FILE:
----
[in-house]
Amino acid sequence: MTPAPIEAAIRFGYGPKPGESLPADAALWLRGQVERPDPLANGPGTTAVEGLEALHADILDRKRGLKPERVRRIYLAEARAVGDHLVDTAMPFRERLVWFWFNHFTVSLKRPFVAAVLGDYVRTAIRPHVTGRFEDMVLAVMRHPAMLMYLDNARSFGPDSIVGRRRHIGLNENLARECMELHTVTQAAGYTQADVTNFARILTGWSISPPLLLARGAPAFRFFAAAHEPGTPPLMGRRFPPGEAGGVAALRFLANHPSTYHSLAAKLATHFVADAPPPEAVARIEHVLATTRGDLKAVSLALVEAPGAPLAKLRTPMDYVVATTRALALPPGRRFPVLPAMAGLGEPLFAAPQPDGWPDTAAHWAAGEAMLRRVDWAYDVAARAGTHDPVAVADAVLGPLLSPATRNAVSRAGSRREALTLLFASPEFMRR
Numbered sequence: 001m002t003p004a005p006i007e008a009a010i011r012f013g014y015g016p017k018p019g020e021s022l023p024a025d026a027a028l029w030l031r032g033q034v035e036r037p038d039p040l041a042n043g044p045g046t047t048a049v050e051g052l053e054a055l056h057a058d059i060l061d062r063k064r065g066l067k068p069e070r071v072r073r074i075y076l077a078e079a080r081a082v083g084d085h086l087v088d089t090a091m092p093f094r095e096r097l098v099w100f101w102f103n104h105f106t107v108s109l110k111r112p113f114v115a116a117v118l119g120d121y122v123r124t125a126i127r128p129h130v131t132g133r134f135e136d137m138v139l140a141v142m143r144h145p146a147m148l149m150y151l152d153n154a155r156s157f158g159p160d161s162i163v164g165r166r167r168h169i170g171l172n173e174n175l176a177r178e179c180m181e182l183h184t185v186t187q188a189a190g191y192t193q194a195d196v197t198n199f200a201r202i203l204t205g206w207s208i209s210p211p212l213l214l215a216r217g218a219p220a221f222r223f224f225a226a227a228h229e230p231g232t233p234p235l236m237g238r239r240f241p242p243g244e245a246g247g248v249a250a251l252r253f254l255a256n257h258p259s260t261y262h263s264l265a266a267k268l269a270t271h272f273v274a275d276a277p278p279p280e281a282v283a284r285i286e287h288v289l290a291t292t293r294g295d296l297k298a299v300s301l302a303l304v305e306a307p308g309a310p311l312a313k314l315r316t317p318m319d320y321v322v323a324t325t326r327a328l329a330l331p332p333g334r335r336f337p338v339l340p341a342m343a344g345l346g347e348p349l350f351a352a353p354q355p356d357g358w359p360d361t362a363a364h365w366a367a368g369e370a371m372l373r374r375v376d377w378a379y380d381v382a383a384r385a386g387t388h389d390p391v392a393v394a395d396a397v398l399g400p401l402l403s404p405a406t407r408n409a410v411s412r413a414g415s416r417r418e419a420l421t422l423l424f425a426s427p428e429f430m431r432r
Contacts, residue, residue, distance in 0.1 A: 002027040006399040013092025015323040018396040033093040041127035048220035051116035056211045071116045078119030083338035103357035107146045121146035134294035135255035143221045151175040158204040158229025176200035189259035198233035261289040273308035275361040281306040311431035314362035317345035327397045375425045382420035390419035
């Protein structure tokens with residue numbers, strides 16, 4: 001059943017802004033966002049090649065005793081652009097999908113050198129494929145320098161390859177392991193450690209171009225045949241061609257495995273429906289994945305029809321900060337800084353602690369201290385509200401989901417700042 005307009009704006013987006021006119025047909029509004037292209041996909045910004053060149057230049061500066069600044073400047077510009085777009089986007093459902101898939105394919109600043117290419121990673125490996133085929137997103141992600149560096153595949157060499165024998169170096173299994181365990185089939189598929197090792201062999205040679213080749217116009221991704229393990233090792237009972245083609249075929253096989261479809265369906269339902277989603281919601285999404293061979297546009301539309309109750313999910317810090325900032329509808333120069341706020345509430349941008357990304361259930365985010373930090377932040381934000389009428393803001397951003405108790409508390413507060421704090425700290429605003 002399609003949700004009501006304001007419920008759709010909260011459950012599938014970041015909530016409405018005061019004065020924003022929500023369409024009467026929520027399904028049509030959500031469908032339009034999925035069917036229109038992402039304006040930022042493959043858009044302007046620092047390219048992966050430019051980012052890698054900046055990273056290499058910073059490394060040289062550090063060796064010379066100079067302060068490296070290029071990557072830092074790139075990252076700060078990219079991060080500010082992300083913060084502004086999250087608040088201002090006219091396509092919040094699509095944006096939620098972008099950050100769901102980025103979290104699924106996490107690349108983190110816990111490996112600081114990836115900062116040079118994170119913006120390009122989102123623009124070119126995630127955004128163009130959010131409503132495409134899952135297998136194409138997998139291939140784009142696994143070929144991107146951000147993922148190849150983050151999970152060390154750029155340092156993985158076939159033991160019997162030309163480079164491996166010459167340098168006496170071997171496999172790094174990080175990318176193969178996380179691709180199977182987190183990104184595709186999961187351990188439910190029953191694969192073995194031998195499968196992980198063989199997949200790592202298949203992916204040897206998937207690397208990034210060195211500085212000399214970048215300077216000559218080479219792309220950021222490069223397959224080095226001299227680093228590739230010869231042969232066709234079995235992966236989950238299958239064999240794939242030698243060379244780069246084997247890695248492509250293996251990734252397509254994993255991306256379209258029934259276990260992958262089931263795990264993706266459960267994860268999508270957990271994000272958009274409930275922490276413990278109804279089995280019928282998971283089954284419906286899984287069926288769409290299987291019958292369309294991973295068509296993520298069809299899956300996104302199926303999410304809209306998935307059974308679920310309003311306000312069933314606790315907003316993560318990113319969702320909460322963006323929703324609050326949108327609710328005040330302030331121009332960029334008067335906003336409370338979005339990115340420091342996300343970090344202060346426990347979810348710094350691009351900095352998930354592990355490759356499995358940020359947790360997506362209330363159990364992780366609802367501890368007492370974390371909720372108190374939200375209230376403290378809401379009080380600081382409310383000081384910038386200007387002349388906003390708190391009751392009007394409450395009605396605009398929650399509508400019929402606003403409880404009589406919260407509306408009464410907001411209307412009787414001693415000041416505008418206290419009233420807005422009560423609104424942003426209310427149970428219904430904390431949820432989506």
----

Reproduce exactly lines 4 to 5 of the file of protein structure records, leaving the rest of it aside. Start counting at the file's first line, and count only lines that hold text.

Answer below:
Contacts, residue, residue, distance in 0.1 A: 002027040006399040013092025015323040018396040033093040041127035048220035051116035056211045071116045078119030083338035103357035107146045121146035134294035135255035143221045151175040158204040158229025176200035189259035198233035261289040273308035275361040281306040311431035314362035317345035327397045375425045382420035390419035
């Protein structure tokens with residue numbers, strides 16, 4: 001059943017802004033966002049090649065005793081652009097999908113050198129494929145320098161390859177392991193450690209171009225045949241061609257495995273429906289994945305029809321900060337800084353602690369201290385509200401989901417700042 005307009009704006013987006021006119025047909029509004037292209041996909045910004053060149057230049061500066069600044073400047077510009085777009089986007093459902101898939105394919109600043117290419121990673125490996133085929137997103141992600149560096153595949157060499165024998169170096173299994181365990185089939189598929197090792201062999205040679213080749217116009221991704229393990233090792237009972245083609249075929253096989261479809265369906269339902277989603281919601285999404293061979297546009301539309309109750313999910317810090325900032329509808333120069341706020345509430349941008357990304361259930365985010373930090377932040381934000389009428393803001397951003405108790409508390413507060421704090425700290429605003 002399609003949700004009501006304001007419920008759709010909260011459950012599938014970041015909530016409405018005061019004065020924003022929500023369409024009467026929520027399904028049509030959500031469908032339009034999925035069917036229109038992402039304006040930022042493959043858009044302007046620092047390219048992966050430019051980012052890698054900046055990273056290499058910073059490394060040289062550090063060796064010379066100079067302060068490296070290029071990557072830092074790139075990252076700060078990219079991060080500010082992300083913060084502004086999250087608040088201002090006219091396509092919040094699509095944006096939620098972008099950050100769901102980025103979290104699924106996490107690349108983190110816990111490996112600081114990836115900062116040079118994170119913006120390009122989102123623009124070119126995630127955004128163009130959010131409503132495409134899952135297998136194409138997998139291939140784009142696994143070929144991107146951000147993922148190849150983050151999970152060390154750029155340092156993985158076939159033991160019997162030309163480079164491996166010459167340098168006496170071997171496999172790094174990080175990318176193969178996380179691709180199977182987190183990104184595709186999961187351990188439910190029953191694969192073995194031998195499968196992980198063989199997949200790592202298949203992916204040897206998937207690397208990034210060195211500085212000399214970048215300077216000559218080479219792309220950021222490069223397959224080095226001299227680093228590739230010869231042969232066709234079995235992966236989950238299958239064999240794939242030698243060379244780069246084997247890695248492509250293996251990734252397509254994993255991306256379209258029934259276990260992958262089931263795990264993706266459960267994860268999508270957990271994000272958009274409930275922490276413990278109804279089995280019928282998971283089954284419906286899984287069926288769409290299987291019958292369309294991973295068509296993520298069809299899956300996104302199926303999410304809209306998935307059974308679920310309003311306000312069933314606790315907003316993560318990113319969702320909460322963006323929703324609050326949108327609710328005040330302030331121009332960029334008067335906003336409370338979005339990115340420091342996300343970090344202060346426990347979810348710094350691009351900095352998930354592990355490759356499995358940020359947790360997506362209330363159990364992780366609802367501890368007492370974390371909720372108190374939200375209230376403290378809401379009080380600081382409310383000081384910038386200007387002349388906003390708190391009751392009007394409450395009605396605009398929650399509508400019929402606003403409880404009589406919260407509306408009464410907001411209307412009787414001693415000041416505008418206290419009233420807005422009560423609104424942003426209310427149970428219904430904390431949820432989506």